Mostly this is made up of the physical part of the job: Clocking in, pre-shift setup or cleaning, greeting guests, taking orders, plating, clearing tables, sidework or end of shift cleaning, clocking out. This is a great opportunity to re-invent this part of your job description. I would suggest two things as a starting point. First review what you have for the list of duties and responsibilities and expand or update the list. Next, gather more info: Watch your staff during a shift and ask them to give you their own lists. This will set the stage and make the rest of this part of the job description much easier.
Why is this important?
As I mentioned in the earlier parts of this series, having an honest and accurate job description improves the hiring process, helps you find good staff that fit in your restaurant and reduces turnover. Giving your team a detailed and accurate description of what the actual duties and tasks are and how expect them to be completed will reduce confusion and errors.
Step 1: Make it accurate, Make it real
Make sure each and every detail is what you want it to be. Do you have specific steps of service to follow? Include it in detail. What are the uniform guidelines? Make them clear and concise. How do you want side work tasks to be done? Spell it out.
Before you create an expectation of your team to follow instructions, make sure they make sense, especially to you. Again I encourage you to review and re-invent (when called for) the way you organize and communicate and operate in your restaurant. Your staff will love you for it.
Of course it’s okay to adjust things later on, the more organized and detailed you make things now the less that will have to change and that will make your staff's lives just a little better. Take your time with this process so you can communicate to your team the best and most accurate expectations for their jobs.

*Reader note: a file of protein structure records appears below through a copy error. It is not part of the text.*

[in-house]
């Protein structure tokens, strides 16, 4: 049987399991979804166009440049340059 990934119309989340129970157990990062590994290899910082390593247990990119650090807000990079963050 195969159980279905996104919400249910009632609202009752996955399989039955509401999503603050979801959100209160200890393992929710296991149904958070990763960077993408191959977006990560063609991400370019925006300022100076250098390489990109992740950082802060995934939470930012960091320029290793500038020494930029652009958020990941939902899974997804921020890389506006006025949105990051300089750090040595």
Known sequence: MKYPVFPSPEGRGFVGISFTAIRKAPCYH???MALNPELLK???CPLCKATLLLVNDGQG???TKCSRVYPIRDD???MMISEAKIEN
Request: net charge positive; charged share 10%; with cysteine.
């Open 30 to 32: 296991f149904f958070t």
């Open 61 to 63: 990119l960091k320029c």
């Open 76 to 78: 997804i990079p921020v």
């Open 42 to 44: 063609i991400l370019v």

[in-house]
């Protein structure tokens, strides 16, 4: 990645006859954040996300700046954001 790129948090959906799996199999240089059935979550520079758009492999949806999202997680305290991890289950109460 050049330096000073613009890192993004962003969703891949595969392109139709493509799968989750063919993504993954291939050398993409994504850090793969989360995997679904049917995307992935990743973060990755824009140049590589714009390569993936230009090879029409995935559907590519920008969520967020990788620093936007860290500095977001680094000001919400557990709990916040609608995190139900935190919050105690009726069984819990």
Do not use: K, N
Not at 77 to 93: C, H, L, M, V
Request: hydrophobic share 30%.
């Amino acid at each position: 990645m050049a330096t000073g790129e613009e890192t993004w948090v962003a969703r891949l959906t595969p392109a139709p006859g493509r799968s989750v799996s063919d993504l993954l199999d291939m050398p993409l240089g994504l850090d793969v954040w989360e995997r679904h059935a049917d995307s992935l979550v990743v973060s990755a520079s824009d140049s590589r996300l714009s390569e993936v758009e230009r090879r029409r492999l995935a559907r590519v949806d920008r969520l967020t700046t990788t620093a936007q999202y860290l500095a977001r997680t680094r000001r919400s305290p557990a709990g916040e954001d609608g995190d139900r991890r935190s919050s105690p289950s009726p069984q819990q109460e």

Step 2: Communicate the details
Once you have a clear idea of the specific job duties, you have to clearly communicate them with your team. Traditionally, you might type out a memo and distribute it at pre-shift to go over, and then expect your team members to hold on to it and refer back when they need to. Realistically, this isn't the most effective way to communicate. This is another great chance for you to re-invent a part of your venue and gain an edge as a better place to work.
Get innovative with your communication. Use technology, your staff already gets most of their information from some form of technology. Restaurant workers are mostly of a generation that never knew life without digital information. Taking advantage of this truth can add to your venue being a better place to work.
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Step 3: Be consistent
Once you’ve decided on job duties and communicated them with your team, be consistent. If you decide that ketchups get refilled at the beginning of service instead of at the end, don’t make an exception on a slow day or just because.
Of course you might decide to change something, which is okay, but make sure you're changing it because it's a better way to do it.
Have some patience. Rome wasn’t built in a day. If you're transforming your culture from chaos, it’s going to take some time for your team to adapt.
The job description you use and share with new and potential hires matters more than most people think. One thing you can do to gain an edge in restaurant hiring today is to have a truly honest, accurate and complete job description to share and use when in the hiring process.
Duties and responsibilities, culture, and what it feels like to do the job are all vital parts of the modern job description. Take the time to re-invent yours and it will pay off. When new employees find that the job is actually like the description and impression they were given, not only will they have respect for you and your operation, but they are more likely to be good at the job and less likely to leave.